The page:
Mildred Pierce is a novel (1941) by James M. Cain. It was made into an Oscar-winning feature film starring Joan Crawford.
Set in Glendale, California, in the 1930s, Mildred Pierce is the story of a middle-class housewife's attempt to maintain her and her family's social position during the Great Depression. Frustrated by her unemployed cheating husband, and worried by their dwindling finances, Mildred separates from him and sets out to support herself and her children on her own.
After a difficult search, she finally finds a job as a waitress, but she worries that it is beneath her middle-class station. Actually, Mildred worries more that her ambitious elder daughter, Veda, will think her new job is demeaning. Mildred encounters both success and tragedy, opening three successful restaurants and operating a pie-selling business, and coping with the death of her younger daughter, Ray. Veda enjoys Mildred's newfound financial success, but increasingly turns ungrateful, demanding more and more from her hard-working mother and letting her contempt for people who must work for a living be known. Mildred's attachment to Veda forms the central tragedy of the novel.
- Mildred Pierce – middle-class mother of two
- Bert Pierce – Mildred's husband
- Moire ("Ray") and Veda Pierce – Mildred's daughters
- Wally Bergin – Bert's former business partner
- Monty Beragon – wealthy playboy and Mildred's lover
- Lucy Gessner – Mildred's friend
In 1945, the novel was made into a film starring Joan Crawford, Eve Arden, Ann Blyth, Jack Carson, Bruce Bennett, Zachary Scott, and Lee Patrick.
Mildred Pierce is a classic postwar film noir with elements of the melodrama or 'weeper'; it was structured as a typical murder mystery told in flashbacks. The family melodrama was significantly modified from its original source due to pressures from the Hays Office regarding its sordid nature, specifically the behavior of the dissolute playboy character, Monty, who initiates a quasi-incestuous romance with his stepdaughter, Veda. At the same time, however, the screenwriters made violence much more central to the plot than it was in Cain's novel.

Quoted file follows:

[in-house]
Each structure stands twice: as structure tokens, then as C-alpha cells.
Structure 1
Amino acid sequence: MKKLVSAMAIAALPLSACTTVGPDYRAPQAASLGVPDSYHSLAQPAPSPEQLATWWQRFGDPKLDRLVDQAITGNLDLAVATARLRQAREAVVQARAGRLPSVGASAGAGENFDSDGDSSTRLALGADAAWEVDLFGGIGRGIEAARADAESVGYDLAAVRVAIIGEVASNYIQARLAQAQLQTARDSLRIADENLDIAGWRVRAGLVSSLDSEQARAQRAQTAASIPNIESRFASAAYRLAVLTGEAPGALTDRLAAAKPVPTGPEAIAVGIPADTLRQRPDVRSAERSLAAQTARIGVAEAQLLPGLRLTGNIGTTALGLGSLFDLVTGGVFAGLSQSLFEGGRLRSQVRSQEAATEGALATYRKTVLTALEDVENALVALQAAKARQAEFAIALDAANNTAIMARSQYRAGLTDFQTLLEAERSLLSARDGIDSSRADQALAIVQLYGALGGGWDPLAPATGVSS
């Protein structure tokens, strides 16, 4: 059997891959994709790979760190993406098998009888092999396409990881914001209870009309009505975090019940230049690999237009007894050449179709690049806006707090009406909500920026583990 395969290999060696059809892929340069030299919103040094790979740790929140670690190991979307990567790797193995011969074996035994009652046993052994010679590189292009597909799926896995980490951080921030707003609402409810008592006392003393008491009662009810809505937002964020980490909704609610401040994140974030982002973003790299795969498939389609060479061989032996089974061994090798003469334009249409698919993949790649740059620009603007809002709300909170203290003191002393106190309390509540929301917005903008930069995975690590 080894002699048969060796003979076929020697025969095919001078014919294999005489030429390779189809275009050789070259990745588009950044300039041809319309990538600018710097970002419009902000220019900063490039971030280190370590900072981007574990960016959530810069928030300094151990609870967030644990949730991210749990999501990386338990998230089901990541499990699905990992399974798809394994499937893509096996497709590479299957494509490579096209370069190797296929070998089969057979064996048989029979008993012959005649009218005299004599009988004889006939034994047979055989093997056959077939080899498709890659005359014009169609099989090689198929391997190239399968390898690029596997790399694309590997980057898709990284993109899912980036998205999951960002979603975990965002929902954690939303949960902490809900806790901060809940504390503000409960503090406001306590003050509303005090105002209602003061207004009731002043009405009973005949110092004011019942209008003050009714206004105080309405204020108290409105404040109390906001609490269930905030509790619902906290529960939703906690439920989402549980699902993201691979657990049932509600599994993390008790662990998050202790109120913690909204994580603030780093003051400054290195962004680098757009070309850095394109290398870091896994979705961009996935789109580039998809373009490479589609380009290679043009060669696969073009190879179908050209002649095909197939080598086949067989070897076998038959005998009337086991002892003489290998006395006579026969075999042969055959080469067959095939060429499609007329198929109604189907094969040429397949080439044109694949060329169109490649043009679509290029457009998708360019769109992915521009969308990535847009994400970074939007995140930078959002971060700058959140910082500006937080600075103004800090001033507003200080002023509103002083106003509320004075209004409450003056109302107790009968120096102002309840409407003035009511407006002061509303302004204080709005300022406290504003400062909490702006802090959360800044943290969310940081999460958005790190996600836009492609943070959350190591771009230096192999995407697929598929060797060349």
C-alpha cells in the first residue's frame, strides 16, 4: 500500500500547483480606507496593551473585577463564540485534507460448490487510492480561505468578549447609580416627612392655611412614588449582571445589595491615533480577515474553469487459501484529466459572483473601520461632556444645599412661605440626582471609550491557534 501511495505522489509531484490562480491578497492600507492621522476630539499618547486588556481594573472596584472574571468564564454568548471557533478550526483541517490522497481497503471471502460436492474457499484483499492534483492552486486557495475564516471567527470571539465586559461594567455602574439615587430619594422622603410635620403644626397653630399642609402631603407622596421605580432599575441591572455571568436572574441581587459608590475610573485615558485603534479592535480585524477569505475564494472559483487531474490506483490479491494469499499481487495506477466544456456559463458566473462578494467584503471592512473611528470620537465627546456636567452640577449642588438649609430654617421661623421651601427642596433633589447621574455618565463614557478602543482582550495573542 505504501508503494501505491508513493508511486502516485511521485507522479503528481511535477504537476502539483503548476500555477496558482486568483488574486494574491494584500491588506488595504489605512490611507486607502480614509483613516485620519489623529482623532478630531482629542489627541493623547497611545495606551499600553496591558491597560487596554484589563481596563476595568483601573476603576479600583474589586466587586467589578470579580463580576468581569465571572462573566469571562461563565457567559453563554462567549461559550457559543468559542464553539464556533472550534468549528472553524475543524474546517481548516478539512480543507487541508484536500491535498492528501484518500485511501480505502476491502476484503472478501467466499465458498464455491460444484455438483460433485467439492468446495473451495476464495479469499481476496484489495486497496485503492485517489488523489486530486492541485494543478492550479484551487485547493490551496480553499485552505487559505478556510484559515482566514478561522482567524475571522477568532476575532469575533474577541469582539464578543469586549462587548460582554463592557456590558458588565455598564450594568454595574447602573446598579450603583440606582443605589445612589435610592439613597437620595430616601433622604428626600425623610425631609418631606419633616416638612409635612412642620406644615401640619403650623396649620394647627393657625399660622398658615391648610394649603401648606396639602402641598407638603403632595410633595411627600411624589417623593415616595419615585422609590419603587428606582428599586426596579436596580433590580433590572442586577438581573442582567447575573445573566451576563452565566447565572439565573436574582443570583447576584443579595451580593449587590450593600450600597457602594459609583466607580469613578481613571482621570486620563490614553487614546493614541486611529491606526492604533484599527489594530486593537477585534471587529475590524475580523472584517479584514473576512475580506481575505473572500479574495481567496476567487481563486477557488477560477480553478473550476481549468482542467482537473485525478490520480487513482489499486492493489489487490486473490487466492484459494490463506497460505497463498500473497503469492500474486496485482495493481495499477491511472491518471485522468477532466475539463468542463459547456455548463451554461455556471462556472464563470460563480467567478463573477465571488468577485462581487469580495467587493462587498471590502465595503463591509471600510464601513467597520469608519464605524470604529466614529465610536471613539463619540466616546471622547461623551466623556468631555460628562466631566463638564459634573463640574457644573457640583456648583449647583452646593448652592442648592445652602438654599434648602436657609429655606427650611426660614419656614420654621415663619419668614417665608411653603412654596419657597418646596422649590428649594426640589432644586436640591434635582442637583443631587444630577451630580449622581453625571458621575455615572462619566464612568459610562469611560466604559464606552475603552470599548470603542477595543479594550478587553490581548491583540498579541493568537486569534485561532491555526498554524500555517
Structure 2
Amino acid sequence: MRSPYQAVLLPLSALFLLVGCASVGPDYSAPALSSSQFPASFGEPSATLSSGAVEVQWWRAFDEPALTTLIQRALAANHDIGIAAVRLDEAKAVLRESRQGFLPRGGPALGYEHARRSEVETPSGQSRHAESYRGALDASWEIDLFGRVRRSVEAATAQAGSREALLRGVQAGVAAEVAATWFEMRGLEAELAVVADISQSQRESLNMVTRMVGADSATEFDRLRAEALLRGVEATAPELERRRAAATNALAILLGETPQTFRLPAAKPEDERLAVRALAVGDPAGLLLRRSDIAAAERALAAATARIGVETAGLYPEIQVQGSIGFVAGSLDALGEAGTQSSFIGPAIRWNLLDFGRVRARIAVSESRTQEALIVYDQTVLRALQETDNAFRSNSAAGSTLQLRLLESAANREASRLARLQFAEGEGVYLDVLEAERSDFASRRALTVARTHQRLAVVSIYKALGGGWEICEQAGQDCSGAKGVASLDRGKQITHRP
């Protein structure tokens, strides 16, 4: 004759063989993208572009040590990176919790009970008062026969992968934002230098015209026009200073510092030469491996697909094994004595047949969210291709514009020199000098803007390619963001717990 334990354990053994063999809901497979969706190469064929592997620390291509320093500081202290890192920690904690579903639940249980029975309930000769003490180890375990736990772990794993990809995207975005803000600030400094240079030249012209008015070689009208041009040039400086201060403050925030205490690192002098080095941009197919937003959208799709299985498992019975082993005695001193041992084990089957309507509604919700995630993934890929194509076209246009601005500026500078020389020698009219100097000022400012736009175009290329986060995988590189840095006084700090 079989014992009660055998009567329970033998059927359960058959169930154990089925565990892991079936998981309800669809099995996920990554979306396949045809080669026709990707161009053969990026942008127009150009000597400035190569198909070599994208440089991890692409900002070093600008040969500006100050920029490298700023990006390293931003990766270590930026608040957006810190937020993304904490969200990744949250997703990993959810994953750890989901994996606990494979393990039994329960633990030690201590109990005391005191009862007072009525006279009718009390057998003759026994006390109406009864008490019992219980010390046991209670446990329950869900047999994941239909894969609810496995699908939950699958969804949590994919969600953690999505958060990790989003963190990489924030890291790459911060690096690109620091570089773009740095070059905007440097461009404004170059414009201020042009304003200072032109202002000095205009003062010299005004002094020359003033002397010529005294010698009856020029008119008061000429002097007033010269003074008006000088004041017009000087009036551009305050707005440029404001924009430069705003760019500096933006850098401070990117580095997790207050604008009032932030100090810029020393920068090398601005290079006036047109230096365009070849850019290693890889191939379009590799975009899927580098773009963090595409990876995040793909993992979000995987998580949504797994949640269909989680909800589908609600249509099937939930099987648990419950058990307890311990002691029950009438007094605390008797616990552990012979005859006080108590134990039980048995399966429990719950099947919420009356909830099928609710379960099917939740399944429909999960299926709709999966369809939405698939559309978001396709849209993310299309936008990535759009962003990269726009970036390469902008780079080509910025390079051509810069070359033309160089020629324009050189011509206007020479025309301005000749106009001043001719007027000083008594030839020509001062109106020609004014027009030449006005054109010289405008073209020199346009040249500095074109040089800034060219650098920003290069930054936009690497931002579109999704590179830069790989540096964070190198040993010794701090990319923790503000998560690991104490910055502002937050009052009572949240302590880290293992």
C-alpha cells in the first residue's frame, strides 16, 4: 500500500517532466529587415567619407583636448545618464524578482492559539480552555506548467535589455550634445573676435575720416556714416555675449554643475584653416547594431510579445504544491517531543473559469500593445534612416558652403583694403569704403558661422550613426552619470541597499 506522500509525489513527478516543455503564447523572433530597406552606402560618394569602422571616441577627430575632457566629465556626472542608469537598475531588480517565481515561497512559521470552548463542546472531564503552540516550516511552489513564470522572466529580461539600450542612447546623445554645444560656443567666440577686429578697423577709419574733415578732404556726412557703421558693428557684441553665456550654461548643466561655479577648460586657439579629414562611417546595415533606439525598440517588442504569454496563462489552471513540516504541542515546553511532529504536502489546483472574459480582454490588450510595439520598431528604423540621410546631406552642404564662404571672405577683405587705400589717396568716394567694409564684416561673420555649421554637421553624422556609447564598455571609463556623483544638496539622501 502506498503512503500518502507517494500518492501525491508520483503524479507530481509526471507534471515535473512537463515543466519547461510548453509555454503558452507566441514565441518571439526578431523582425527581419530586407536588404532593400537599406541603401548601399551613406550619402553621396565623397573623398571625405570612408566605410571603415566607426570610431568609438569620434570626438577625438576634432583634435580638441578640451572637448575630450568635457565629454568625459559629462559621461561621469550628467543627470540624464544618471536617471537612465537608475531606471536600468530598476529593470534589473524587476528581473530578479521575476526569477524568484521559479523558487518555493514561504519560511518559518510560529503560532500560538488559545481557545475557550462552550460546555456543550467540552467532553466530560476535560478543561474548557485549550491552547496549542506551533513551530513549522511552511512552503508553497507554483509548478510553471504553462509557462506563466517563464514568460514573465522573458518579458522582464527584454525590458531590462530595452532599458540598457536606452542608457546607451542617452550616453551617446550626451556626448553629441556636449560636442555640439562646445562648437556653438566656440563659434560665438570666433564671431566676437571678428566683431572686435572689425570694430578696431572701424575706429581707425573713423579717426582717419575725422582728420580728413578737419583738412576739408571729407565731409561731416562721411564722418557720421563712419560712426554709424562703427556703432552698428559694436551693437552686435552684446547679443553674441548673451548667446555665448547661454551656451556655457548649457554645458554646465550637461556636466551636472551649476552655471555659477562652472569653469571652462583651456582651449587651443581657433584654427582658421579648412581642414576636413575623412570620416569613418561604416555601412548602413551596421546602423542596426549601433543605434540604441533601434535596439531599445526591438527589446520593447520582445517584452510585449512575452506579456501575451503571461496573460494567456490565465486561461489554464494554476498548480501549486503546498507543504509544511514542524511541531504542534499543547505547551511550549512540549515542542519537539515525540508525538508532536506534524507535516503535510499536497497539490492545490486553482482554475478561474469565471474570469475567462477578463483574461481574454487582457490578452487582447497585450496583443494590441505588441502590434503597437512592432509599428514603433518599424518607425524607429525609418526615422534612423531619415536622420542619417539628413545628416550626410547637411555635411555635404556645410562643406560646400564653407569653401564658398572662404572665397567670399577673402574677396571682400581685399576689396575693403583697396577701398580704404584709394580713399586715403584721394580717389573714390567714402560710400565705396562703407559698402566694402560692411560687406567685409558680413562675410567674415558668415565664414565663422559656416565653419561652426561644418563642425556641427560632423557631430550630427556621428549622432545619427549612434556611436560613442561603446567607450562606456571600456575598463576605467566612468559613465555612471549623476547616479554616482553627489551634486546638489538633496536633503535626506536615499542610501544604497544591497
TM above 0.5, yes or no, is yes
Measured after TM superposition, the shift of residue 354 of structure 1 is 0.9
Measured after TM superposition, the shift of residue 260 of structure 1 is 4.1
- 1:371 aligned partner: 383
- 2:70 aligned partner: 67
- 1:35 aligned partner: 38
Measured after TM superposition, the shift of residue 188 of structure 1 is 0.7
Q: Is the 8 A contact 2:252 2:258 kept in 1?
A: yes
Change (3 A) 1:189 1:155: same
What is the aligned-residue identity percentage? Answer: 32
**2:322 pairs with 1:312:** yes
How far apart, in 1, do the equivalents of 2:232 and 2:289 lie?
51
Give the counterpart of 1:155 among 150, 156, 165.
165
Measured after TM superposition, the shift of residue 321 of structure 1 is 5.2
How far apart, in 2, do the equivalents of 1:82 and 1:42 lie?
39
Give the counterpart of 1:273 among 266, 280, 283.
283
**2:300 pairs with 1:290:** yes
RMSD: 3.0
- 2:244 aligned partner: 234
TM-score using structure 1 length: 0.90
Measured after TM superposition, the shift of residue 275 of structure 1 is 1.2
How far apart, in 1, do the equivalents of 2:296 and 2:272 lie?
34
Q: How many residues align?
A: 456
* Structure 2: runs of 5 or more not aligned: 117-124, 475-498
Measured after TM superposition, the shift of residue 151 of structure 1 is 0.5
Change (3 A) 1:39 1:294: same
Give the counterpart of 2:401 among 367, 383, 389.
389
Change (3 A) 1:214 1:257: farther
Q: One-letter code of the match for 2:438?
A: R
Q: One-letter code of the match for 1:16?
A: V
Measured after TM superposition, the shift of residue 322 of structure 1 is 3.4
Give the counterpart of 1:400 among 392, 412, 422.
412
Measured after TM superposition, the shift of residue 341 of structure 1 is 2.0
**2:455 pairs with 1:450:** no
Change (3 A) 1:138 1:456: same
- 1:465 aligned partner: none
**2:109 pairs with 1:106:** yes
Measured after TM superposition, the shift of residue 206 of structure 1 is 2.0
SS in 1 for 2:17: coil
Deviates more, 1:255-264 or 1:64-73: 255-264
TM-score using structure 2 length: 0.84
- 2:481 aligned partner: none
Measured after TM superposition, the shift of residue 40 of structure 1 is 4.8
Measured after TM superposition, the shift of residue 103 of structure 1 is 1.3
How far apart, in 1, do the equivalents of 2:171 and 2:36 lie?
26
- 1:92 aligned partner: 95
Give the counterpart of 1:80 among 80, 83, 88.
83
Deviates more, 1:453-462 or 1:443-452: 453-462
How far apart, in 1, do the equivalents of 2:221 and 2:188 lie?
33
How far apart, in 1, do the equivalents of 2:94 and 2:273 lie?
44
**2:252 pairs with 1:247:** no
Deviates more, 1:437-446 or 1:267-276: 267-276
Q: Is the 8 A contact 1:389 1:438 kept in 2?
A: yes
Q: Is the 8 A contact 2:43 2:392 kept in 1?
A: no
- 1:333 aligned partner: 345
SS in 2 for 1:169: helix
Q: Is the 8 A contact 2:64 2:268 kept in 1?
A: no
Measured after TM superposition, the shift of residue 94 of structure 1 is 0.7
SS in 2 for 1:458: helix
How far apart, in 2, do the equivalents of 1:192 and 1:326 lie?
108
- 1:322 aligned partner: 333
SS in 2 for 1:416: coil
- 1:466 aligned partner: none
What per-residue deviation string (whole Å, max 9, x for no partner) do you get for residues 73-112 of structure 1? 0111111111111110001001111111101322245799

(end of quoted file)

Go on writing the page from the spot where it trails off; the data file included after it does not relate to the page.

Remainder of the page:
Versatile Hungarian-born director Michael Curtiz had already directed films of many different genres, including The Adventures of Robin Hood (1938), Angels with Dirty Faces (1938), Dodge City (1939), The Private Lives of Elizabeth and Essex (1939), The Sea Hawk (1940), Casablanca (1942), Yankee Doodle Dandy (1942), and This is the Army (1943). Curtiz reluctantly began filming with the 'has-been', Joan Crawford, who had developed a reputation for being mannered and difficult, but he was pleasantly surprised when she delivered one of the best performances of her career. The role was always considered for Crawford, but at certain stages also for Ann Sheridan. This film was a tremendous box-office hit and critical success, and was adapted by Ranald MacDougall, Catherine Turney, and William Faulkner from James M. Cain's 1941 'hard-boiled' novel of the same name. Cain's book was a satire about bourgeois values and a tale of poor parenthood. (Cain wrote novellas that provided source material for two other film-noir classics: his 1934 novella The Postman Always Rings Twice, filmed in 1946, and the 1936 novella, Double Indemnity, filmed in 1944.) Atypical of films noirs, the protagonist in the film is female, but she is conventionally brought down by a femme fatale, in this case, her own daughter. Successful promotional copy for the film read: "Mildred Pierce — don't ever tell anyone what she did."
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